Material Adverse Effect” means any event, change, circumstance, effect or other matter that has, or could reasonably be expected to have, either individually or in the aggregate with all other events, changes, circumstances, effects or other matters, with or without notice, lapse of time or both, a material adverse effect on (a) the business, assets, Liabilities, properties,financial condition (financial or otherwise), operatingor results, of operations or prospects of the Acquired Companies, taken as a whole, or (b) the ability of the Company or the Seller to perform its obligations under this Agreement orSeller to consummate timely the transactions contemplated by this Agreement; provided, however, that none of the following, either alone or in combination, will constitute, or be considered in determining whether there has been, a Material Adverse Effect: any event, change, circumstance, effect or other matter resulting from or related to (i) any outbreak or escalation of war or major hostilities or any act of terrorism, (ii) changes in Laws, GAAP or enforcement or interpretation thereof, (iii) changes that generally affect the industries and markets in which any Acquired Company operates, (iv) changes in financial markets, general economic conditions (including prevailing interest rates, exchange rates, commodity prices and fuel costs) or political conditions, (v) any failure, in and of itself, of any Acquired Company to meet any published or internally prepared projections, budgets, plans or forecasts of revenues, earnings or other financial performance measures or operating statistics (it being understood that the facts and circumstances underlying any such failure that are not otherwise excluded from the definition of a “Material Adverse Effect” may be considered in determining whether there has been a Material Adverse Effect), (vi) any action taken or failed to be taken pursuant to or in accordance with this Agreement or at the request of, or consented to by, the Purchaser, or (vii) the execution or delivery of this Agreement, the consummation of the transactions contemplated by this Agreement or the public announcement or other publicity with respect to any of the foregoing.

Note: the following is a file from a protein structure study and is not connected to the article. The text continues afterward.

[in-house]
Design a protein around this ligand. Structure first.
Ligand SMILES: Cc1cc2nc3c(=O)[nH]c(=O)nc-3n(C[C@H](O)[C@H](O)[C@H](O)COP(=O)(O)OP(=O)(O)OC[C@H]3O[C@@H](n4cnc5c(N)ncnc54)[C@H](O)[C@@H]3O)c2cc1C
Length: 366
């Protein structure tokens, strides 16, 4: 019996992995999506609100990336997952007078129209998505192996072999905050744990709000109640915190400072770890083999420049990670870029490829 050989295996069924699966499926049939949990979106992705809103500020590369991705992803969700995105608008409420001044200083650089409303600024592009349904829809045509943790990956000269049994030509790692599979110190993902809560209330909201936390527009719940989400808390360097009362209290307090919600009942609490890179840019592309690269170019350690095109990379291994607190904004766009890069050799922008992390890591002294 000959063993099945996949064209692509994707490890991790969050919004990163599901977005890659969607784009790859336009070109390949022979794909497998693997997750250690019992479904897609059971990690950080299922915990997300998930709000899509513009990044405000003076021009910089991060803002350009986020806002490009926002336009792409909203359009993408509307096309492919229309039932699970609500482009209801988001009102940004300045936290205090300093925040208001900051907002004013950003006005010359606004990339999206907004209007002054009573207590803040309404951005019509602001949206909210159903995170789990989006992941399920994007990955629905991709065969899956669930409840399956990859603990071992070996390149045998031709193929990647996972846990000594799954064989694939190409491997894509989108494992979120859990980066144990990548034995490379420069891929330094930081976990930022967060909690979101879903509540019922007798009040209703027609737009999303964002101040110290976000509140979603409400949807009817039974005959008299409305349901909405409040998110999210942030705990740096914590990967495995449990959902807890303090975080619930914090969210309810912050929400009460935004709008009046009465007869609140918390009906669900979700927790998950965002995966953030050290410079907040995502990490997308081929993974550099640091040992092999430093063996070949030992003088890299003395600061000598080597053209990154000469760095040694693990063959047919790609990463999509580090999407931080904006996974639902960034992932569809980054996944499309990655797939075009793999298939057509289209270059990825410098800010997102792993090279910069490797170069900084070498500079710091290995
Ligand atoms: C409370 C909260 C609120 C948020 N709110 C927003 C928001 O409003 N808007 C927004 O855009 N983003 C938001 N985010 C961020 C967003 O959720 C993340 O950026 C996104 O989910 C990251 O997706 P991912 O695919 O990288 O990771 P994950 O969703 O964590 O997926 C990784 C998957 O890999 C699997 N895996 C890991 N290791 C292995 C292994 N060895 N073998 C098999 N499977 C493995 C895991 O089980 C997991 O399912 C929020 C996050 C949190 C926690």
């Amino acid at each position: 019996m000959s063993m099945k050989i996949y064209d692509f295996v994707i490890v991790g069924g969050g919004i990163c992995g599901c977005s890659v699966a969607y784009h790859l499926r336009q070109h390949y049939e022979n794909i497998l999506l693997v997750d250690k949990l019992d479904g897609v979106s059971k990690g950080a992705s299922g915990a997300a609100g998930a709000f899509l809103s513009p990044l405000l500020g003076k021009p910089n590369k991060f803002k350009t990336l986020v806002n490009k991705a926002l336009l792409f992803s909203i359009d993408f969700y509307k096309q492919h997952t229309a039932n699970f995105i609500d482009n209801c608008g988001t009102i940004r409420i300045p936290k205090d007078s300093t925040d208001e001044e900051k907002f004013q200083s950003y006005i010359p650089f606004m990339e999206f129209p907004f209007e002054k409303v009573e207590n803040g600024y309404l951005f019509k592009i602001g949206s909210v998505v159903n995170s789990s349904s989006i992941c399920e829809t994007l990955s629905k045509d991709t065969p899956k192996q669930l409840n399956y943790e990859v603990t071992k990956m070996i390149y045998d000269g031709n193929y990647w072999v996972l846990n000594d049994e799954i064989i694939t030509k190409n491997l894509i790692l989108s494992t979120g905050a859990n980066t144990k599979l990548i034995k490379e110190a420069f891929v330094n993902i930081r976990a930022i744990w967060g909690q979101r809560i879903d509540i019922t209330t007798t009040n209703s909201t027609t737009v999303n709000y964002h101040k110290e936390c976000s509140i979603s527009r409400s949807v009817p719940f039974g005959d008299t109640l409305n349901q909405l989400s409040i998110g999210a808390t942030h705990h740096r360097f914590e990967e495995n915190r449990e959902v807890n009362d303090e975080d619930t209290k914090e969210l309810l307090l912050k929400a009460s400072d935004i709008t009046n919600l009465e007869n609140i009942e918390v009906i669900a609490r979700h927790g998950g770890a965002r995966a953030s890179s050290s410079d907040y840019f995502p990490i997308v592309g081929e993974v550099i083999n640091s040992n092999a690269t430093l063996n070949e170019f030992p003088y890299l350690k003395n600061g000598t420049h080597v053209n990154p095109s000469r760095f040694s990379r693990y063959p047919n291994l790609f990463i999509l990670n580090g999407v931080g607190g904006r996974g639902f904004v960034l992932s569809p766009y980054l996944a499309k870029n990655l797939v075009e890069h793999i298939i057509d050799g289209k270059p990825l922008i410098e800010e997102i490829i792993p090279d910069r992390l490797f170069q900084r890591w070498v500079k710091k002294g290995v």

Broadly speaking, there are three differences between the definitions. First, the pro-buyer version includes forward-looking language, such as the phrase “could reasonably be expected to have” and the word “prospects.” Second, the list of direct objects on which effects will be measured in the buyer definition includes narrower categories, e.g., “assets” and “Liabilities,” and, third, the pro-seller definition includes a long list of exceptions.